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Issue 11: The Job vs The Injury – Musicians & Artists

As it's the final episode of this mini-series, we thought it would be useful to write about the injuries affecting those using their fine motor skills and repetitive actions – i.e. Musicians and Artists.

Let’s start with wrist conditions.

Carpal tunnel syndrome. What is it? Located on the palmar surface of the wrist, carpal tunnel syndrome is where there is a compression to the median nerve.

It can be caused by a few things; a direct trauma to the wrist, a tenosynovitis (inflammation of the tendon) to the wrist flexor muscles, a contracture (shortening and hardening of the soft tissue) to the flexor retinaculum (imagine a refresher sweet wrapped around your wrist holding all of the structures in place) or more of a work based issue like frequently using a vibrating tool or typing on a keyboard.

Hence why we tend to see this condition appear in certain types of artists that do lots of fine work or using particular tools that may increase their likelihood of developing carpal tunnel syndrome.

Patients tend to experience a burning sensation through the carpal tunnel, numbness or paranesthesia alongside the length of the median nerve, a decrease in grip strength and movement, night pain and sometimes pain radiating up into the forearm, elbow or shoulder.

Moving onto De Quervain’s Tenosynovitis - an inflammation of the synovium of the abductor pollicis longus and extensor pollicis brevis tendons of the thumb.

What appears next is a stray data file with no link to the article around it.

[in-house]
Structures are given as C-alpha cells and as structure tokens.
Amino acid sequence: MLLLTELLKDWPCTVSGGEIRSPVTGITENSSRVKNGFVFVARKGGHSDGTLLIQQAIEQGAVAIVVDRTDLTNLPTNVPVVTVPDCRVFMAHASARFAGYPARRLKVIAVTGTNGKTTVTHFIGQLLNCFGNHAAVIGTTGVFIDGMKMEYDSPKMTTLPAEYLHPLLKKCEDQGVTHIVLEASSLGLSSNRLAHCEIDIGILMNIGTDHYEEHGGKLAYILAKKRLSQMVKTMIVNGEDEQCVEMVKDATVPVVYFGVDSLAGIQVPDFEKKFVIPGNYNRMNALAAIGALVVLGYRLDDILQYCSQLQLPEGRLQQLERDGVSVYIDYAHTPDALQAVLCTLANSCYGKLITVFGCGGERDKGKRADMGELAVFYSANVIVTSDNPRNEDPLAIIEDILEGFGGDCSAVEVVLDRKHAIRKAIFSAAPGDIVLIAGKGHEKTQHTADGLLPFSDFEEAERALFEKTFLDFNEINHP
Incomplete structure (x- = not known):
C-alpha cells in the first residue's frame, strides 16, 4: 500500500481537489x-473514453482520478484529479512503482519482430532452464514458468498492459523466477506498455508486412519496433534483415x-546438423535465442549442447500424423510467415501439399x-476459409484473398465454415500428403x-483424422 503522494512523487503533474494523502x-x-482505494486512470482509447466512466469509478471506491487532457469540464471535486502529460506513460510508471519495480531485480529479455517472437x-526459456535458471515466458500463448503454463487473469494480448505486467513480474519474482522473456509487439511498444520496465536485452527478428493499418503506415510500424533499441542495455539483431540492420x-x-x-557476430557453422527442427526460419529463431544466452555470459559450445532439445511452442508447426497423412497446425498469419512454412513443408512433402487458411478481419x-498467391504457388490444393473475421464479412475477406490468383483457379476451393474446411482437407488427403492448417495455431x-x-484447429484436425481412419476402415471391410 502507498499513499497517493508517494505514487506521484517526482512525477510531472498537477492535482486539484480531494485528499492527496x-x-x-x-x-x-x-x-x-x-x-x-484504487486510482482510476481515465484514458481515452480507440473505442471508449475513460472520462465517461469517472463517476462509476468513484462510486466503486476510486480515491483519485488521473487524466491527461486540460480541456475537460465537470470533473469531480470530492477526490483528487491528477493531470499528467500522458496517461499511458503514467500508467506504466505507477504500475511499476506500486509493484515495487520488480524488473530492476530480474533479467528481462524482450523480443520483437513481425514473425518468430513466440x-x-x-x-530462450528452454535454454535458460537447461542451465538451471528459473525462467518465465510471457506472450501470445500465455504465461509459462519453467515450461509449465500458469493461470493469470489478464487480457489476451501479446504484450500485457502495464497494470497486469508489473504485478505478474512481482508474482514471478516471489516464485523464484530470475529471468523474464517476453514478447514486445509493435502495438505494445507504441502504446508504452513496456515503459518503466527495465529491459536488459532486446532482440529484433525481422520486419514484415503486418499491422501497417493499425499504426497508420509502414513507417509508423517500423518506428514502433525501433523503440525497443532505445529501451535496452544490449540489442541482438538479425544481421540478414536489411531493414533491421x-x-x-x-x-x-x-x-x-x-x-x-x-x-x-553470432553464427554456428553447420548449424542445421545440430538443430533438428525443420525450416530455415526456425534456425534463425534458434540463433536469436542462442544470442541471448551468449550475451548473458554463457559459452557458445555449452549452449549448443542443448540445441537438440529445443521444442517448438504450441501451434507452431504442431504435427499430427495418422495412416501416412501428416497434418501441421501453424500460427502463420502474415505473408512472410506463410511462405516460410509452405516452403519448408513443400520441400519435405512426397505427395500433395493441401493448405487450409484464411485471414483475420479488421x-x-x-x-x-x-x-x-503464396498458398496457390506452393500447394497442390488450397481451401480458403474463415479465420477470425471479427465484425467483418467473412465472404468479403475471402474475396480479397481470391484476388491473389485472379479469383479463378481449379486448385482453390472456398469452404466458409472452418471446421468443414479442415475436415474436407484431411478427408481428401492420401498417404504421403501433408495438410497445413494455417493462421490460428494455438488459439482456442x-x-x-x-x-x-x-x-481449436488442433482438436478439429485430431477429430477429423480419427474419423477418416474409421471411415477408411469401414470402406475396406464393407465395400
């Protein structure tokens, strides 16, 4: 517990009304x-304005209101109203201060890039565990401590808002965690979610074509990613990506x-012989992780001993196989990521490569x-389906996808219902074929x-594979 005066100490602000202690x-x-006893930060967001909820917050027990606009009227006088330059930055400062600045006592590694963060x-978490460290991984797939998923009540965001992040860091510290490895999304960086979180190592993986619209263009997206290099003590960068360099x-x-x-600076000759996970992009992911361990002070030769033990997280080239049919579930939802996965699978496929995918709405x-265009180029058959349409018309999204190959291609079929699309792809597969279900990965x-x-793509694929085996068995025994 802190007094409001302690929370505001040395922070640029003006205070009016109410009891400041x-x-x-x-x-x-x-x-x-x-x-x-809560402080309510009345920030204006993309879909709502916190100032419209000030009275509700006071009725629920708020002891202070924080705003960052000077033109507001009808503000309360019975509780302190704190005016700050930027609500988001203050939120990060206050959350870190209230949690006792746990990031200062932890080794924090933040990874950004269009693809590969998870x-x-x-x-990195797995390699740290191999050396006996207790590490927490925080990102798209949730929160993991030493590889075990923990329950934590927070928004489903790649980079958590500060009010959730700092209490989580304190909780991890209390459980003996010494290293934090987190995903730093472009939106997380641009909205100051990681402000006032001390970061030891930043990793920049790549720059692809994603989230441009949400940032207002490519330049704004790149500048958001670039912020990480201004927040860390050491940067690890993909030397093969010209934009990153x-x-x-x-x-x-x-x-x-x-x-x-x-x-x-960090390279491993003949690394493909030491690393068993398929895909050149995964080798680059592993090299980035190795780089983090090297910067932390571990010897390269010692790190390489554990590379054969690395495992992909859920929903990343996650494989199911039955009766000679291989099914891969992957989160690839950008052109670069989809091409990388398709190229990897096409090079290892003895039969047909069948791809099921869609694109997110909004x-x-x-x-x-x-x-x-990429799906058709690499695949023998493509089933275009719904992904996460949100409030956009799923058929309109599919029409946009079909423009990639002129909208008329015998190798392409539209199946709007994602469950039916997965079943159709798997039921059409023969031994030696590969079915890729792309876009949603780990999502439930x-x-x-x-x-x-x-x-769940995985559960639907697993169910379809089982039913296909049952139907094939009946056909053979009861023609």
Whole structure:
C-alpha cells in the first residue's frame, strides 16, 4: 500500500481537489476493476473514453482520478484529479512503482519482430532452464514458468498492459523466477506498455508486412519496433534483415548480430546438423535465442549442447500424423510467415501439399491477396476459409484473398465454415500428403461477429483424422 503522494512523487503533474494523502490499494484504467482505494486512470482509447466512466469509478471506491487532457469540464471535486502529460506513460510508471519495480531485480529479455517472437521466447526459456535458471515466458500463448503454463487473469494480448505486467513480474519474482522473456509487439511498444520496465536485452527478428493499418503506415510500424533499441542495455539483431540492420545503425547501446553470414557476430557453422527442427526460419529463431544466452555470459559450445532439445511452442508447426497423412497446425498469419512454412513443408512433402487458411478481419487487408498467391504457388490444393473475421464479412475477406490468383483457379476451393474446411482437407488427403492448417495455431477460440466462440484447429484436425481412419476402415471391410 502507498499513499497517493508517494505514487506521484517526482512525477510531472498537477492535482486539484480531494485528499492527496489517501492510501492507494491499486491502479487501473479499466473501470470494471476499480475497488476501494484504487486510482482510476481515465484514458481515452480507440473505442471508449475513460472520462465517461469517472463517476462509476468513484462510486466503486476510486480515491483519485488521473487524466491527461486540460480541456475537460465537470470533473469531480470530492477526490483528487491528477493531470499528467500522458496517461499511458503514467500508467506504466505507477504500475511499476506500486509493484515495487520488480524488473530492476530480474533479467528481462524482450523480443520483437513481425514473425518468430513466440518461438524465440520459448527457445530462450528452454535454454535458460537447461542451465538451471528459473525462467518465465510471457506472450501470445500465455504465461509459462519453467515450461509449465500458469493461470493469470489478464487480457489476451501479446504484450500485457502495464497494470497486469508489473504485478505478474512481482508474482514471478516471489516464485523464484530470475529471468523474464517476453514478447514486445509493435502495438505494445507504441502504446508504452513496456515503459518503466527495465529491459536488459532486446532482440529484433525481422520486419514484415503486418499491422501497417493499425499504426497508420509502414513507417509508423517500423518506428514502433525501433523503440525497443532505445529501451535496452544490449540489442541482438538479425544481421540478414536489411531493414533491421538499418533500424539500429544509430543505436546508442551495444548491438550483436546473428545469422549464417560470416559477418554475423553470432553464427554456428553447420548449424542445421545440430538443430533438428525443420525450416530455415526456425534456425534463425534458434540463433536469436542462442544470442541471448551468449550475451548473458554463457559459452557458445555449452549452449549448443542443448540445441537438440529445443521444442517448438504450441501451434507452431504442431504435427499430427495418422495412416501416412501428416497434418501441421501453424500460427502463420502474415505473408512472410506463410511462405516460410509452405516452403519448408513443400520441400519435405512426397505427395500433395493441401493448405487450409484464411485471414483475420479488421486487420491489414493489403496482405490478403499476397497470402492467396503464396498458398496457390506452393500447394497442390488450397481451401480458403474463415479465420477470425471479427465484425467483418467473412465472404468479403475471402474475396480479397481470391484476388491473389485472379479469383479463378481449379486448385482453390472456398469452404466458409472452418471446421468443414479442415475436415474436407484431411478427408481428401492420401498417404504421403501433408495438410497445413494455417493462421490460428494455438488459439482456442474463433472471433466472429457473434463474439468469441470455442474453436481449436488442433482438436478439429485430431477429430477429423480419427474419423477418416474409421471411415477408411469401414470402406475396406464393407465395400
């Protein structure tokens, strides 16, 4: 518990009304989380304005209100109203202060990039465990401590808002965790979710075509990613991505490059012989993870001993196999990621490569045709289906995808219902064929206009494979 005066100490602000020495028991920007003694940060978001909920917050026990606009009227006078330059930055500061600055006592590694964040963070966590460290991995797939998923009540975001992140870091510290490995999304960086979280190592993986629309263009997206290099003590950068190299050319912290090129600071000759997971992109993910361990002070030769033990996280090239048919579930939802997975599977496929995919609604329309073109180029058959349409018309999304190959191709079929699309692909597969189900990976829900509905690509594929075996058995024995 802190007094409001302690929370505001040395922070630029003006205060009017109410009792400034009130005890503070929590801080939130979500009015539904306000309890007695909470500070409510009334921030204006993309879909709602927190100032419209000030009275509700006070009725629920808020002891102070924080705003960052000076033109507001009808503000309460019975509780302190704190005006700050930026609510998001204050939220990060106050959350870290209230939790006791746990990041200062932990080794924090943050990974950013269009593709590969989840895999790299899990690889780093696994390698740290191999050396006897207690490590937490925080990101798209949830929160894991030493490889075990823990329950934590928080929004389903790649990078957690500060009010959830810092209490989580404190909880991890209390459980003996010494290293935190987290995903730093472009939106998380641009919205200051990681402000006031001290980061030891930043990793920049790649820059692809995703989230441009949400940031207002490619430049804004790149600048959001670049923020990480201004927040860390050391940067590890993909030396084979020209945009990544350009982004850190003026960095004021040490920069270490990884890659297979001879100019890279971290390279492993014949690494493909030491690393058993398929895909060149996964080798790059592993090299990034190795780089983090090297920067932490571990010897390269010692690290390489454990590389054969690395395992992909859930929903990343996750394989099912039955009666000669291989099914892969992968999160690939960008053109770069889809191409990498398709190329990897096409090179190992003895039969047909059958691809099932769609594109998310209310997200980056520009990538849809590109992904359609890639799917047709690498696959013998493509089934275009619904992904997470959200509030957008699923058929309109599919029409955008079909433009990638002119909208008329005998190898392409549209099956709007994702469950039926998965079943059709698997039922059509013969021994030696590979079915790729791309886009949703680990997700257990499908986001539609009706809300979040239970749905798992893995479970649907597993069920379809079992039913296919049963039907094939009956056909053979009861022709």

The synovium is a jelly like sheath that surrounds the tendons. It is highly vascular and innervated, so acts as a high source of pain when damaged.

For those that spend their days gripping handles and polls (in sport – this is seen more in racquet sport players). It’s common that symptoms appear as localised tenderness, swelling and crepitus (clicking/grinding) to the area.

Now for elbows. Particularly the painters and jewelers out there, this one’s for you.

You’ve probably heard of ‘Tennis elbow’ or how it’s otherwise known, Lateral epicondylitis. The name is certainly deceptive, as it’s not just the tennis players that can develop this condition.

It originates from the extensor tendons which all come from the lateral epicondyle of the humerus (the most common cases being from the Extensors carpi radialis brevis due to its chronic nature).

The common is caused by repetitive wrist extension against a resistance, a sudden increase in wrist extension (like the flick of a paint brush, drumstick or bow on a string instrument).

Patients often present with a visible difference in their carrying angle (where the arms nautrally sit by your sides when standing), possible swelling with occasional redness, a weakness in grip, pain on wrist extension and extension of the middle finger/second finger as well as pain on particular muscle testing.

The condition can actually occur but on the opposite side of the elbow – otherwise known as ‘Golfer’s elbow’ or Medial epicondylitis. This is where there has been an excessive contraction of the wrist and finger flexors leading to a tendinopathy due to overload.

We hope this mini-series was somewhat helpful! We wanted to highlight how varied our clients can be. Every job has it’s pros and cons, but if you do feel like your job is causing you to become injured then do get in touch and see how we can help.


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